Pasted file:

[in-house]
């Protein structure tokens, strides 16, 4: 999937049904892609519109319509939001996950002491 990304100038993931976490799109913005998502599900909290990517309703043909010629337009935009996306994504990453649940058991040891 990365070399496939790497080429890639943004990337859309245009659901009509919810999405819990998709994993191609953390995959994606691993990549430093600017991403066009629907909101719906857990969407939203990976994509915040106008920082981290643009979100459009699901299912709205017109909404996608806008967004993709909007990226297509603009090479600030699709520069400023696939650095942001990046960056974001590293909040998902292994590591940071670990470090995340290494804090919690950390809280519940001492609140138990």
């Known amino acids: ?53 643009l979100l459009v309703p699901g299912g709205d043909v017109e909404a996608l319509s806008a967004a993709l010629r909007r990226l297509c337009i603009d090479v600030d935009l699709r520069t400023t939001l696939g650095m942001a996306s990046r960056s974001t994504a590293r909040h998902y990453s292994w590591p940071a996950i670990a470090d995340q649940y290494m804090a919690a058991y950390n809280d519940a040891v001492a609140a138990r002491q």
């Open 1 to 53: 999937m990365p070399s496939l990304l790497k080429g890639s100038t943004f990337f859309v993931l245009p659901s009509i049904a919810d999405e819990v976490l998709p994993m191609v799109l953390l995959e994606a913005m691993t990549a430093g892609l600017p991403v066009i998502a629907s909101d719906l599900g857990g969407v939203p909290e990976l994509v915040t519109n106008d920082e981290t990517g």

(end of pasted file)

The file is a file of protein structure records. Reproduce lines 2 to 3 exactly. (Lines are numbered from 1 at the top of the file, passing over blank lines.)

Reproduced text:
């Protein structure tokens, strides 16, 4: 999937049904892609519109319509939001996950002491 990304100038993931976490799109913005998502599900909290990517309703043909010629337009935009996306994504990453649940058991040891 990365070399496939790497080429890639943004990337859309245009659901009509919810999405819990998709994993191609953390995959994606691993990549430093600017991403066009629907909101719906857990969407939203990976994509915040106008920082981290643009979100459009699901299912709205017109909404996608806008967004993709909007990226297509603009090479600030699709520069400023696939650095942001990046960056974001590293909040998902292994590591940071670990470090995340290494804090919690950390809280519940001492609140138990």
């Known amino acids: ?53 643009l979100l459009v309703p699901g299912g709205d043909v017109e909404a996608l319509s806008a967004a993709l010629r909007r990226l297509c337009i603009d090479v600030d935009l699709r520069t400023t939001l696939g650095m942001a996306s990046r960056s974001t994504a590293r909040h998902y990453s292994w590591p940071a996950i670990a470090d995340q649940y290494m804090a919690a058991y950390n809280d519940a040891v001492a609140a138990r002491q």